Employee grievance handling procedures in Zimbabwe
By Etiwel Mutero
Although it is desirable that the workplace become a haven of peace and tranquility it so happens that issues and complaints arise. Shelly Frost of Demand Media noted that issues and complaints arise even in organizations with strong management and competent workforce.
In this article the author will focus on the internal workplace employee grievance handling procedures.
“A real or imagined cause for complaint, especially unfair treatment” is a web definition of a grievance. The National Employment council for the Welfare and Educational Institutions of Zimbabwe (2005:8) defines a grievance as a complaint or dissatisfaction by an employee or employees about a particular condition or about general conditions of employment including any particular behaviour on the part of management or fellow employees.
Kay Miranda of Demand Media list issues which may trigger a grievance as follows; things you are being asked to do as part of your job, the terms and conditions of your employment contract, for example your pay, the way you are treated at work, discrimination at work, promotion issues, unfair transfers, demotions, underpayments, you might think that your colleagues are bullying you because of your race, age disability or gender.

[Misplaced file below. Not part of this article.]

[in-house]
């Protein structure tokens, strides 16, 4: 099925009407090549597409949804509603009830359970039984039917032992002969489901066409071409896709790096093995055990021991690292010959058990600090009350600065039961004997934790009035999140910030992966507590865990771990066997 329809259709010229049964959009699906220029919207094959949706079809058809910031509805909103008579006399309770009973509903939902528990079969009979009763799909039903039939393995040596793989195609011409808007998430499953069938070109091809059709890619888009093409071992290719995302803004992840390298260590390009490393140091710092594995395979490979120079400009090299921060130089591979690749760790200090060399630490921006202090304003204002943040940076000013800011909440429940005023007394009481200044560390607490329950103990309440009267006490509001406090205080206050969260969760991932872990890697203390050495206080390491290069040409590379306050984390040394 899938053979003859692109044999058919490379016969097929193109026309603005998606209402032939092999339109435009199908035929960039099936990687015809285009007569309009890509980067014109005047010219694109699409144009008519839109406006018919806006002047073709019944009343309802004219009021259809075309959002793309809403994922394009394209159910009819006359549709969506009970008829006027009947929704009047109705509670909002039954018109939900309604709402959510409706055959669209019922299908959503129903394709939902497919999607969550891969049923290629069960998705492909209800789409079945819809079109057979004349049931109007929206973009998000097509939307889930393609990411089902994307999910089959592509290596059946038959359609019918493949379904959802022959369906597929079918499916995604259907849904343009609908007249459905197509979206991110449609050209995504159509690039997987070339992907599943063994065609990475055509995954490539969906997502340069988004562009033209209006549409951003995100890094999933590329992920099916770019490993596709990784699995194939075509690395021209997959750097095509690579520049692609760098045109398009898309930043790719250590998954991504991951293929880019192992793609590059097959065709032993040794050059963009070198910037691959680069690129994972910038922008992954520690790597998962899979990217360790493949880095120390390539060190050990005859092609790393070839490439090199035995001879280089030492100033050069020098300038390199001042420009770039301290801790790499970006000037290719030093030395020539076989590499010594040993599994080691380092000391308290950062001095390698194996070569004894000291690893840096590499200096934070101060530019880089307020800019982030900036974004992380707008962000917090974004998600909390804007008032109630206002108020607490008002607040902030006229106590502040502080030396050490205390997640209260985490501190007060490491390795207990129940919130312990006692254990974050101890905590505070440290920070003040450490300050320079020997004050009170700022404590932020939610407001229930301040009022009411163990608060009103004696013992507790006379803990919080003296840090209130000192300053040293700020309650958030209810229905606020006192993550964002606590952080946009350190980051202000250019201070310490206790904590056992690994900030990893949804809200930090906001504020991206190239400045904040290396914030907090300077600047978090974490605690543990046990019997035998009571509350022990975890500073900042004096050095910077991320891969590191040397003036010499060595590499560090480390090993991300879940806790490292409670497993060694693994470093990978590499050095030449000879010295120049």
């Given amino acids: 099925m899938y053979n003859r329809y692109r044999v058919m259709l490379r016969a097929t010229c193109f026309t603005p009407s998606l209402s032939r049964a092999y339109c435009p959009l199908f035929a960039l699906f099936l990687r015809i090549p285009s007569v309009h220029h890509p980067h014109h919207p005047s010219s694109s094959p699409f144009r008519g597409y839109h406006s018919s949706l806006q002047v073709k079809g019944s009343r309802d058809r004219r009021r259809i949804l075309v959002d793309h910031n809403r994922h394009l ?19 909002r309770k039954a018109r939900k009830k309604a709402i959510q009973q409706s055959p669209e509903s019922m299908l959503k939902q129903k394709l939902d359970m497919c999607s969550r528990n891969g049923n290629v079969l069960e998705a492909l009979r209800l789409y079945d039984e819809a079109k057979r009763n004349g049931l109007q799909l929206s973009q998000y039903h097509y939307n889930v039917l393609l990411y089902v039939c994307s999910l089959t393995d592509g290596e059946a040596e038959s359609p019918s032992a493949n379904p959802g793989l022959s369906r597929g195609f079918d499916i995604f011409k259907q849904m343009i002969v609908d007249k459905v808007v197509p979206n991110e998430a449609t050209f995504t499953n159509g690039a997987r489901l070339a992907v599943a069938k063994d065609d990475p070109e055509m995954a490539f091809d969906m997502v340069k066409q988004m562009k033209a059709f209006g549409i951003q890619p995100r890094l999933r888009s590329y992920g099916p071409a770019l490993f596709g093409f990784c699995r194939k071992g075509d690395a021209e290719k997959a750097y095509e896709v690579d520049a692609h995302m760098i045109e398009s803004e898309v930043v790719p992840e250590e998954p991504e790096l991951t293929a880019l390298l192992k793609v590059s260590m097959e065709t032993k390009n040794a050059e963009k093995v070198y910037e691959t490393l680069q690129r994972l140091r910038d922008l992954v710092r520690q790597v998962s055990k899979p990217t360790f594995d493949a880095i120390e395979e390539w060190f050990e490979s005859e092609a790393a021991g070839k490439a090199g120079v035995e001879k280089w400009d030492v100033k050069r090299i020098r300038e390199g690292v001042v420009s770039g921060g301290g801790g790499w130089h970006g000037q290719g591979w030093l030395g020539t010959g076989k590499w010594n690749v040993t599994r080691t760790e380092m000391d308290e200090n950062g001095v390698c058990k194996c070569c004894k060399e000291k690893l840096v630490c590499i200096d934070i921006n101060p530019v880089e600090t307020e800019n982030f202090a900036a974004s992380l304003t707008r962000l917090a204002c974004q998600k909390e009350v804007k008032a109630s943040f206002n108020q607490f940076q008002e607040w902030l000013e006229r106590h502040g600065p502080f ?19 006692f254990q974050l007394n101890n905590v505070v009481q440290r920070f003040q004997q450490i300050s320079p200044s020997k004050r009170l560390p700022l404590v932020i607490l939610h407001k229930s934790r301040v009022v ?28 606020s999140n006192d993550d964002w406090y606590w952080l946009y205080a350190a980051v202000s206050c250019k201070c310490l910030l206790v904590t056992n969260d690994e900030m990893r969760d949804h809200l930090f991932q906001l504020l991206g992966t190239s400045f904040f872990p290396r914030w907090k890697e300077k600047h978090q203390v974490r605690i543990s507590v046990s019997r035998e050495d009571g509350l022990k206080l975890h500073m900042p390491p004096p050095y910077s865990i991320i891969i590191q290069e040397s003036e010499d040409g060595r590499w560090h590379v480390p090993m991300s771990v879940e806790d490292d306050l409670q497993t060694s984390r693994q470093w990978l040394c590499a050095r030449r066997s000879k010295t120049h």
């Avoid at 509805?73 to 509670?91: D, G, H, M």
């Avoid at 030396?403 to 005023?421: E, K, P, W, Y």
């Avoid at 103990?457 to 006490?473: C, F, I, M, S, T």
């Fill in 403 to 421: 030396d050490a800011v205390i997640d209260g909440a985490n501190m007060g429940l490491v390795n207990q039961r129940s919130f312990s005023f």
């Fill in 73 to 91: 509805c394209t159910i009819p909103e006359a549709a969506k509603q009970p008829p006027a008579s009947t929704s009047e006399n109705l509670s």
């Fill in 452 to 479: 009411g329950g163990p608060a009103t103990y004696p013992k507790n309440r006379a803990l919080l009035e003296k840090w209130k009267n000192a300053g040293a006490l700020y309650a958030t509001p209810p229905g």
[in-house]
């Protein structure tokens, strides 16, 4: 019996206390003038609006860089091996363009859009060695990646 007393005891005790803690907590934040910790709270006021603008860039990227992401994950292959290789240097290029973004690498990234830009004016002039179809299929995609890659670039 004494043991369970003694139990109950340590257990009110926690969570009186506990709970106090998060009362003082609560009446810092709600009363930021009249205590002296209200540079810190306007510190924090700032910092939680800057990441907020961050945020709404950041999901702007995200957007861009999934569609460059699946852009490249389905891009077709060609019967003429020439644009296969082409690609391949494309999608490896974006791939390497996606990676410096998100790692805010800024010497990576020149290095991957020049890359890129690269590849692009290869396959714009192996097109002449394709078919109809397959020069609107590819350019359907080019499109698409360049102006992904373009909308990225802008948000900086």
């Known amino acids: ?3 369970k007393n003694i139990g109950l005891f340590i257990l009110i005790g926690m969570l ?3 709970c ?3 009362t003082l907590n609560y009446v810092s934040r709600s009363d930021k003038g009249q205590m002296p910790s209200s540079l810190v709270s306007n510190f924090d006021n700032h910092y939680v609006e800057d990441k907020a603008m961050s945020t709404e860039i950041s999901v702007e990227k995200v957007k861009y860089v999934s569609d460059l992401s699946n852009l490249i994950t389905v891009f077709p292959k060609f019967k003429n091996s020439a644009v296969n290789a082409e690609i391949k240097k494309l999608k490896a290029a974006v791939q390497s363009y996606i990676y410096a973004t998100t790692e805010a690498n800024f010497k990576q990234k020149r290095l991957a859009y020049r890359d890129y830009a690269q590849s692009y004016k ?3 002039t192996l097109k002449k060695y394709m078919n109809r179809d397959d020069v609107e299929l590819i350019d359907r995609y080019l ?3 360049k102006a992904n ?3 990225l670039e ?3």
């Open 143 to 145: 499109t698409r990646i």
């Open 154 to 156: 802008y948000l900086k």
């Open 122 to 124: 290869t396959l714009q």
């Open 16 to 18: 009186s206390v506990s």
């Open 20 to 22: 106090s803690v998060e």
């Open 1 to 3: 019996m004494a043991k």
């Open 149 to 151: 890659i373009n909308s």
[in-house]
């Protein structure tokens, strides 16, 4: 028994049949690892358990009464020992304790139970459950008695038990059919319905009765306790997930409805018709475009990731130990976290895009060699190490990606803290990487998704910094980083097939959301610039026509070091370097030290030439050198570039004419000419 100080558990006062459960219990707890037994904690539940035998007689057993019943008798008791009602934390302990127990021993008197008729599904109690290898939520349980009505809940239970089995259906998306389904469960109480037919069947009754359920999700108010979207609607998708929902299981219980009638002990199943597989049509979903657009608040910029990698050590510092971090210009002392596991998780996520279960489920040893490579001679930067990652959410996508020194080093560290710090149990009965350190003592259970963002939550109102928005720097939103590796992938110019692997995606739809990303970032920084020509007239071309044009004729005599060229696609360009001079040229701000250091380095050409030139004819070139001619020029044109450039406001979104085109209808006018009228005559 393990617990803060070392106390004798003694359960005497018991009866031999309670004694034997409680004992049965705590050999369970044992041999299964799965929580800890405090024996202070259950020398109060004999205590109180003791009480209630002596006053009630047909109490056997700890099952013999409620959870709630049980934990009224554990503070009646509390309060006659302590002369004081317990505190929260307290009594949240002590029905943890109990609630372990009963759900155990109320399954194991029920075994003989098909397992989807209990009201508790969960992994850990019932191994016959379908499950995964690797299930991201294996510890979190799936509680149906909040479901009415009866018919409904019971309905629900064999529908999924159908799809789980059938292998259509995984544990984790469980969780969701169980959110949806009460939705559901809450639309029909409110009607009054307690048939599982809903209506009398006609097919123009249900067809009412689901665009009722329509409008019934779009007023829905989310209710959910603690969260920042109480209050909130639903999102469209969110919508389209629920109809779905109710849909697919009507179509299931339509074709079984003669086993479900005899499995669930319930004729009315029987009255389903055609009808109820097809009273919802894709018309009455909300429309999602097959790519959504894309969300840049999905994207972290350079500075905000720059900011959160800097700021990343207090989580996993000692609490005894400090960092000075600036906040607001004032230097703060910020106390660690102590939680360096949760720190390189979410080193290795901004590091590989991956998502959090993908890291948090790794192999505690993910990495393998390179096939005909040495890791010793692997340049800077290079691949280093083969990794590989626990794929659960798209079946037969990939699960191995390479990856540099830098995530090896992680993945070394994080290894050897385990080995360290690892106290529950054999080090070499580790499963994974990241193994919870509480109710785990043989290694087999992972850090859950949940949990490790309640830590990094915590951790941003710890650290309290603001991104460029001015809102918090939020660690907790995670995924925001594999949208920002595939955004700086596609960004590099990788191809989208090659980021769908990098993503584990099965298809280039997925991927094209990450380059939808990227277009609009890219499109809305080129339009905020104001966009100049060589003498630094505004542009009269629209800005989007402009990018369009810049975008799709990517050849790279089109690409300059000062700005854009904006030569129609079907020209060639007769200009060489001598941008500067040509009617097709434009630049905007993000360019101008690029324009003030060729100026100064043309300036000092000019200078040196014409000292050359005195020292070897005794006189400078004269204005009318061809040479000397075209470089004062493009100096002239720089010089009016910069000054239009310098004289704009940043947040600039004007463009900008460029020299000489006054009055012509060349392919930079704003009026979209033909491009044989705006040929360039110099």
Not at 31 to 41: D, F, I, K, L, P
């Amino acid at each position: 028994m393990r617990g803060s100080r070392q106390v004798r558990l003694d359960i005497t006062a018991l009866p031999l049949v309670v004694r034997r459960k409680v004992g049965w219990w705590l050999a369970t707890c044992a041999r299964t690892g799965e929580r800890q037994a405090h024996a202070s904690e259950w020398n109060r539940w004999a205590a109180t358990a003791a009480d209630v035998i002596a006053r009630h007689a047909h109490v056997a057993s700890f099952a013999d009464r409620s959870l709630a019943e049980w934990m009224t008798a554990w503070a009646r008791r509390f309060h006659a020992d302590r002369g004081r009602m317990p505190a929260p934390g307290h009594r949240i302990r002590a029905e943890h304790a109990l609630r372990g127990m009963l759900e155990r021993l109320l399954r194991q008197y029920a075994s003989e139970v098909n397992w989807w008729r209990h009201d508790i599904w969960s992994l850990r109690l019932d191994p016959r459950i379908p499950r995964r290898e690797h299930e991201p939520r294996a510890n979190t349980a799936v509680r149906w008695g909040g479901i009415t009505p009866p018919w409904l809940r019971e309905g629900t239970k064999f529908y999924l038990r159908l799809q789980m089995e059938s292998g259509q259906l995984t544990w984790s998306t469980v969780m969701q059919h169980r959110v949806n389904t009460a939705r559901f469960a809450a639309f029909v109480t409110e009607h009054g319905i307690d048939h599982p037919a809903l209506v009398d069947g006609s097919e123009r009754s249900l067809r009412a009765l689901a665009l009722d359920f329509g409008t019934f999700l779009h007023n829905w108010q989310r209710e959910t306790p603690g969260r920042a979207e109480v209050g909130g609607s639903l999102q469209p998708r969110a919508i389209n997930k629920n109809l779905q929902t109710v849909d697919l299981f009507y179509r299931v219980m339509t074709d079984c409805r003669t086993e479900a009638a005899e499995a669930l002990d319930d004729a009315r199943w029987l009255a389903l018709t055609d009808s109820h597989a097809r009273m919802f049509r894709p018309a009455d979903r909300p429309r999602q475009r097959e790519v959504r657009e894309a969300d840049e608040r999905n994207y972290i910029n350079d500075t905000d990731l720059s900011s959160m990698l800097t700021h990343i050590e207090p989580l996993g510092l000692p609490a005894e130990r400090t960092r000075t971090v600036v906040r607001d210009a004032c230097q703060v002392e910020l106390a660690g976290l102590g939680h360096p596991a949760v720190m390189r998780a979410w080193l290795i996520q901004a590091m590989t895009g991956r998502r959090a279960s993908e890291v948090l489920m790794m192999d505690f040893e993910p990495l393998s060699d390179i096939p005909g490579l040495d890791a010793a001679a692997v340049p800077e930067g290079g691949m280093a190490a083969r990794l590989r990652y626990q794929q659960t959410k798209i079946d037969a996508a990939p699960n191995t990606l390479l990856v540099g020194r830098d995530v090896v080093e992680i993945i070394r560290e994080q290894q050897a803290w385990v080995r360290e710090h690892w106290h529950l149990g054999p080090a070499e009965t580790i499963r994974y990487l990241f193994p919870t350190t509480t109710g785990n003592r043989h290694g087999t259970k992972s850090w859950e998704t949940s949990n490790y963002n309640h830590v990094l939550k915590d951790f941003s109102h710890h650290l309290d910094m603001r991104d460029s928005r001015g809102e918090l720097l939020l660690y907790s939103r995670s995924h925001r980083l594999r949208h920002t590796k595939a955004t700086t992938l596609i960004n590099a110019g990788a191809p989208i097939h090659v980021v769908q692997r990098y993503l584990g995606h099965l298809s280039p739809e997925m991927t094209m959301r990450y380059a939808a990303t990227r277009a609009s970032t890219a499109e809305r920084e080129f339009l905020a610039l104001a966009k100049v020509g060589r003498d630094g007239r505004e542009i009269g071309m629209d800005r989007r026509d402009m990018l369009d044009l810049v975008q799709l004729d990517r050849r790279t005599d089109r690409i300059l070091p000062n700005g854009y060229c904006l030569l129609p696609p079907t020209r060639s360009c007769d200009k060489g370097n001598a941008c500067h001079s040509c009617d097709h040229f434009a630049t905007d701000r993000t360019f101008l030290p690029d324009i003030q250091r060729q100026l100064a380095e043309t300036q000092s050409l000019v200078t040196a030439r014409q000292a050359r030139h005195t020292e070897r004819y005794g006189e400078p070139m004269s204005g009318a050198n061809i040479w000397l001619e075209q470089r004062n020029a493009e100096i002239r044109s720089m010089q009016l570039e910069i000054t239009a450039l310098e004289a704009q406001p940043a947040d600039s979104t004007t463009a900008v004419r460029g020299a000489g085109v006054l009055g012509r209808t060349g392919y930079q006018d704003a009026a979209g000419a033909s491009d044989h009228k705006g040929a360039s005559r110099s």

It is therefore, necessary for every employee to know the correct channels to follow in case of any complaint or grievances arising in order get a redress to any problems faced at work. Grievance handling procedures are normally detailed in a document called the Code of Conduct sometimes termed the code of ethics which sets the standard to legal, moral and superior work environment.
Carter McNamara as quoted by Kay Miranda says, “Ethics is learning the difference between right and wrong, and then doing the right thing”. That is the aim of a written down code of conduct, to stipulate the right and wrong behaviors at a workplace and try by all means to encourage both the employer and the employee to choose right practices and behaviors.
The Labour Act Chapter 28:01 Section 101 disqualifies most of the Codes of Conducts used by some of the Zimbabwean organizations. A code of conduct is a negotiated document between the employer and employees represented by the Workers Union.
There is no room for any employer to impose any code of conduct on workers without any consultation with the Workers Union in the Works Council. The negotiated and agreed code of conduct must then be registered with the Ministry of Labor through the Ministry’s Registrar in terms of Section 101 (1).It is the prerogative of the Registrar to register the Code of Conduct or refer the code to the Works Council for corrections or improvement.
The Labor Act goes on to say where there is a National Employment registered Code of Conduct all organizations falling within the industry covered by that particular National Employment Council are bound to use that NEC’s Code of Conduct save for organization which may need to apply for exceptions by applying direct to the NEC covering its industry to register its own code of conduct.